Conwy's Military Heritage
Series: Military Heritage
- Adrian Hughes
15th February 2024
Conwy has been involved in military conflict for over 2,000 years. The Iron Age hill fort of Caer Seion defended the area from the sixth century BC. Many slingshot stones have been discovered here, attesting to troubled times. In 881 the Welsh defeated an Anglo-Saxon army led by Aethelred of Mercia. The most spectacular outcome of Conwy’s strategic military significance at the mouth of the River Conwy was Edward I’s mighty castle, creating a walled town. In 1399 Richard II sought refuge in Conwy Castle against the future Henry IV’s forces and the castle was besieged again during the English Civil War by Parliamentary forces. An army camp was established at Morfa in the nineteenth century, becoming home to the Salford Pals and the Royal Engineers in the First World War and a Polish resettlement camp after the First World War. During the war, the sulphur mine at Caer Coch was the country’s largest producer of sulphur, vital for munitions. Conwy also played a vital role in the Second World War as Mulberry Harbours, crucial for the Normandy landings, were initially designed and then assembled here, and Ratcliffe Engineering built parts for Beaufighter and Halifax aircraft. The town was also a centre of prisoner-of-war camps in the area and despite some accounts of conflict between townsfolk and prisoners, relations were generally harmonious and some ex-prisoners married and settled in the area after the war.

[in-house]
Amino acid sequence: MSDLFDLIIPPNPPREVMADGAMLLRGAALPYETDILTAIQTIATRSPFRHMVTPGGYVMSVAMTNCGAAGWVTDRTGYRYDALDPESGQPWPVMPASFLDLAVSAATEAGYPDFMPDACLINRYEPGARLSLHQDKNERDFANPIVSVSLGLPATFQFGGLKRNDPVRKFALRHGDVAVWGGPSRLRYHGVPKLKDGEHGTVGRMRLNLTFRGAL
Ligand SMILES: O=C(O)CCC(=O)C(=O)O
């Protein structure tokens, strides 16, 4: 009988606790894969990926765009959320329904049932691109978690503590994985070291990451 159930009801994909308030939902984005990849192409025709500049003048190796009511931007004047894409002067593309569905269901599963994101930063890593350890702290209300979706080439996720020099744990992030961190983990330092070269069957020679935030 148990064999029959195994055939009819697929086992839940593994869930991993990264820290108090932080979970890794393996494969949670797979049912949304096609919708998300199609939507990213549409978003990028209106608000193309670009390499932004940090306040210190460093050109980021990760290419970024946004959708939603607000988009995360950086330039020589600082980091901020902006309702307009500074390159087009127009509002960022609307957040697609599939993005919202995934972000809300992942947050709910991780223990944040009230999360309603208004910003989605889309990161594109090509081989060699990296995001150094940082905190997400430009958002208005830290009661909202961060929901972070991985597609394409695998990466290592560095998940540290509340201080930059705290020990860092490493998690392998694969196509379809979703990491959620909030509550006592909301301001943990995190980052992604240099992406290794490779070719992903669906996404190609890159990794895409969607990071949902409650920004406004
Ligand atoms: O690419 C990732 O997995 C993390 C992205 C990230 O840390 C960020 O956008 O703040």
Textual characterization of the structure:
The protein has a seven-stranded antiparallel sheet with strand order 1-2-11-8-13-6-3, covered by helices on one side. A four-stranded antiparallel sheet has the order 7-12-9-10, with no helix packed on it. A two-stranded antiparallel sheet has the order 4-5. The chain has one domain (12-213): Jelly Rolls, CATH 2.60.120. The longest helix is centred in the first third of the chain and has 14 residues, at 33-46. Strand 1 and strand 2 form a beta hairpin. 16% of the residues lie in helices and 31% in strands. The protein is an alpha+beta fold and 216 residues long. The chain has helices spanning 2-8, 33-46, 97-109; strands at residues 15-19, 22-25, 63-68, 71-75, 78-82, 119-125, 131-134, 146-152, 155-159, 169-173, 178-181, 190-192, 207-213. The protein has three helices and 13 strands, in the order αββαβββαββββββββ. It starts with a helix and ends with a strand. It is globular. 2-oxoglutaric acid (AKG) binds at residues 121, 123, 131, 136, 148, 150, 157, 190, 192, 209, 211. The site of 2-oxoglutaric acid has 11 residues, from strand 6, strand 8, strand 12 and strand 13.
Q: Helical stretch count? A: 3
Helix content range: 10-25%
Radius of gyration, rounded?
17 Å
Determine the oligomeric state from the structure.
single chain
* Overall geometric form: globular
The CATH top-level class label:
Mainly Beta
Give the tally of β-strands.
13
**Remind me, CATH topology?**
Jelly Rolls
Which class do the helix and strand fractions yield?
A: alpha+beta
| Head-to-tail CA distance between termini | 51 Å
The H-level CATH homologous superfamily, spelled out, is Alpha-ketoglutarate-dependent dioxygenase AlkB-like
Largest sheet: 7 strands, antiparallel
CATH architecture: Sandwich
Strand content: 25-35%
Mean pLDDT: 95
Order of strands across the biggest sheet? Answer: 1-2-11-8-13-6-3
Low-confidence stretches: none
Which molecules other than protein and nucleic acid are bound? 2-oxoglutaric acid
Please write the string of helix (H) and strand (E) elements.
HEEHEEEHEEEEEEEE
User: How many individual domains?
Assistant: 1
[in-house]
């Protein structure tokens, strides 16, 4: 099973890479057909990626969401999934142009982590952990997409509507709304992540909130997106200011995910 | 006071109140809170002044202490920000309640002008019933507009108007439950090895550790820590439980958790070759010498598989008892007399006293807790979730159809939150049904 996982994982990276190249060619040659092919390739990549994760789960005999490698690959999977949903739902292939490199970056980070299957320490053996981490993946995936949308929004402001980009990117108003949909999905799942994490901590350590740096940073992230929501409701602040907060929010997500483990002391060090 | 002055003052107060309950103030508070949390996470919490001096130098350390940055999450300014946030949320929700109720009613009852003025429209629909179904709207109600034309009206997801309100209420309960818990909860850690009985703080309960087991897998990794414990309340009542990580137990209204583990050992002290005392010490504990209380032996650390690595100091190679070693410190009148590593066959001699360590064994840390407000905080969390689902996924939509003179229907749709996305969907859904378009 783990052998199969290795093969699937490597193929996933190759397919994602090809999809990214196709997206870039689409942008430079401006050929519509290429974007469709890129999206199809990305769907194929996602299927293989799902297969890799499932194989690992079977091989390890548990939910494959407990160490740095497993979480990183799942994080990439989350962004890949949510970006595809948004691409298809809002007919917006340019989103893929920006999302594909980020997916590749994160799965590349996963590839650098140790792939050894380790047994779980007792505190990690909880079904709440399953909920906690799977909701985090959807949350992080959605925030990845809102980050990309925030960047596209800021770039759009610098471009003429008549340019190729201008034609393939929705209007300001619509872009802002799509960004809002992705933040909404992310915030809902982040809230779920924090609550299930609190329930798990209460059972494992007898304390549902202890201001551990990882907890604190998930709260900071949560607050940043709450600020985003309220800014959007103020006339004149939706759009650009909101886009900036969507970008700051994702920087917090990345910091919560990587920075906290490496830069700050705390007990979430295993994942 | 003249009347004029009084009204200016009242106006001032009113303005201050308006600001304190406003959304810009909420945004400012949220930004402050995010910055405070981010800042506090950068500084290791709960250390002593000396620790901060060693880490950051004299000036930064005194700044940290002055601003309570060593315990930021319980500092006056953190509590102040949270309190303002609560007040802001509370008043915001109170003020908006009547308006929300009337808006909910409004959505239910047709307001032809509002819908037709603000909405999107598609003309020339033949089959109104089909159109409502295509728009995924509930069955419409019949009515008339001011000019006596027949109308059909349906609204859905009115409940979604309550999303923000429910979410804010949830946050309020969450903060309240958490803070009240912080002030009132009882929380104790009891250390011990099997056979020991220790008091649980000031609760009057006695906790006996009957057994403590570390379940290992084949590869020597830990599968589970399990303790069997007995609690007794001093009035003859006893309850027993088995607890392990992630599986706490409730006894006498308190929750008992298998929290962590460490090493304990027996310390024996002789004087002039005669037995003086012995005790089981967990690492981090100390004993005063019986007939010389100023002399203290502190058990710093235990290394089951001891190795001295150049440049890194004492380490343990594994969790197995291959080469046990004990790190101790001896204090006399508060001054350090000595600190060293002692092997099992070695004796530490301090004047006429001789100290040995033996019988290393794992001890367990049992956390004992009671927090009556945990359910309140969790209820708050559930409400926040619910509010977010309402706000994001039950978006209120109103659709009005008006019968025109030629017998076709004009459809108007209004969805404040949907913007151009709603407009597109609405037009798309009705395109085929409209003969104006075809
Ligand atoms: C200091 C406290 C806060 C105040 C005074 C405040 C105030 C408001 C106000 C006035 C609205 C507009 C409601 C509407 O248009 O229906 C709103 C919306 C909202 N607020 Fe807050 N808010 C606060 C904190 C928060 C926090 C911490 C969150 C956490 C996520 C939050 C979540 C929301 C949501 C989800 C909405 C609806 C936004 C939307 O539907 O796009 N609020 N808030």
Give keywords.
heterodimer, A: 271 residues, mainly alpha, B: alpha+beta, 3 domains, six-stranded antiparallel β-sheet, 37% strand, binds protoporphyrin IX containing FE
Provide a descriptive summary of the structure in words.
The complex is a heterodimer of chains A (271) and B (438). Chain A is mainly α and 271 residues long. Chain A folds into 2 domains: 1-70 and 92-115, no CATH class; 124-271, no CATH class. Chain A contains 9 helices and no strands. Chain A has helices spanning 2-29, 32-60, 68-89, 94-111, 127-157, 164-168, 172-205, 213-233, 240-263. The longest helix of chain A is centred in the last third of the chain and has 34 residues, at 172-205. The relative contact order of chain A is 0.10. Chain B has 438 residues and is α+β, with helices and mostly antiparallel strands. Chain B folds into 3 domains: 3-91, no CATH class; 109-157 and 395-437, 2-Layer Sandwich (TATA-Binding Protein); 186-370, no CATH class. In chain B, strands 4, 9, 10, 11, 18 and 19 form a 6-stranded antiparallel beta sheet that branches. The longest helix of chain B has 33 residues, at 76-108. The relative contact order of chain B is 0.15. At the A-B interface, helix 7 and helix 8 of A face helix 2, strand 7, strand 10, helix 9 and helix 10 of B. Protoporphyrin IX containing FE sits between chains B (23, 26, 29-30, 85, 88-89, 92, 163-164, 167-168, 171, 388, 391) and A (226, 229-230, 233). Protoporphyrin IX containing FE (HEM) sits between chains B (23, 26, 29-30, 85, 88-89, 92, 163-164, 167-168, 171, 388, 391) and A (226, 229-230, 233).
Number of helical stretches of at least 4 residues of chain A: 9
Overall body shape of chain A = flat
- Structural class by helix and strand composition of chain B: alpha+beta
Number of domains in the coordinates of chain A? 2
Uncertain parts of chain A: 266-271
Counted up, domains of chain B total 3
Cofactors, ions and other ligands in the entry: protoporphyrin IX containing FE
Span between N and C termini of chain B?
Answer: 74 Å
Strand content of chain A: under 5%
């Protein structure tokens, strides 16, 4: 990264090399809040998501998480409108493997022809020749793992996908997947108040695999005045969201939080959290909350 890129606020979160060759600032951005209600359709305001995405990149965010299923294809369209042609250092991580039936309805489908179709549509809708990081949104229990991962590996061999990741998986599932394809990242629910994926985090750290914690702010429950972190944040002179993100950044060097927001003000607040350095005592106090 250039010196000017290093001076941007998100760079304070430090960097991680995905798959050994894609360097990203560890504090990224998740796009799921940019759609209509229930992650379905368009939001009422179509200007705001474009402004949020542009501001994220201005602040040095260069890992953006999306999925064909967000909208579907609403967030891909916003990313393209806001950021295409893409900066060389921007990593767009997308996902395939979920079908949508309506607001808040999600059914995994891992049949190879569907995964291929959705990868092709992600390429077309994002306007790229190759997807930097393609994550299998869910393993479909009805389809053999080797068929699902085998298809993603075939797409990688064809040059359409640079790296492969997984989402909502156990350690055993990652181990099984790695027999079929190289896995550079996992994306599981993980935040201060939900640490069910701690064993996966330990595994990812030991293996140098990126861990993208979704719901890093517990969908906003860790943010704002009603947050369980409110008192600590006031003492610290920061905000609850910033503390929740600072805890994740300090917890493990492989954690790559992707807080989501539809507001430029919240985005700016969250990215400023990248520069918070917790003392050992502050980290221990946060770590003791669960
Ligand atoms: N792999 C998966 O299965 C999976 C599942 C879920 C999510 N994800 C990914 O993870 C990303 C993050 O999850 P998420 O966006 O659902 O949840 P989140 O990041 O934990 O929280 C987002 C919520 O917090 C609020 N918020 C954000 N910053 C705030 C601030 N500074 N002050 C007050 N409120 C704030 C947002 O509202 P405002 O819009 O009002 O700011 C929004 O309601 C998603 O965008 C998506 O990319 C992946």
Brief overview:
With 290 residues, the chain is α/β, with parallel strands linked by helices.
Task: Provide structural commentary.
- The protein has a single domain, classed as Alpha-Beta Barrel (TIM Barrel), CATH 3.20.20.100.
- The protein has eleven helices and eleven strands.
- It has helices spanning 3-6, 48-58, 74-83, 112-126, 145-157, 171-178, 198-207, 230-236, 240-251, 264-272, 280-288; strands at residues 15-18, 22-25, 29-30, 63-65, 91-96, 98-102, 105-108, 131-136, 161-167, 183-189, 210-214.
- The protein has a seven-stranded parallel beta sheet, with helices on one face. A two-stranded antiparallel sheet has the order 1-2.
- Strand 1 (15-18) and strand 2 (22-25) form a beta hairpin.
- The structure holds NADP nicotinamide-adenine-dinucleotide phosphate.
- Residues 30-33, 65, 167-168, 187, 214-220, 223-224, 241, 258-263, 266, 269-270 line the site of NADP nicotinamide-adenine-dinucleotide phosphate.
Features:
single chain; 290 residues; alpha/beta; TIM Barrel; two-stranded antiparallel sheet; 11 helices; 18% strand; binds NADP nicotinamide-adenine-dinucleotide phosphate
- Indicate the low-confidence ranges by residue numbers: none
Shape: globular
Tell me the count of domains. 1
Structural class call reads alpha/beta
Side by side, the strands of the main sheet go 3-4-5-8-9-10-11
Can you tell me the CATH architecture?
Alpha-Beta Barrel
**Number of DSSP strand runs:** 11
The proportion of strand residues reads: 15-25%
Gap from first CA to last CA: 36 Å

This book will be of interest to all those who would like to know more about Conwy’s remarkable military history.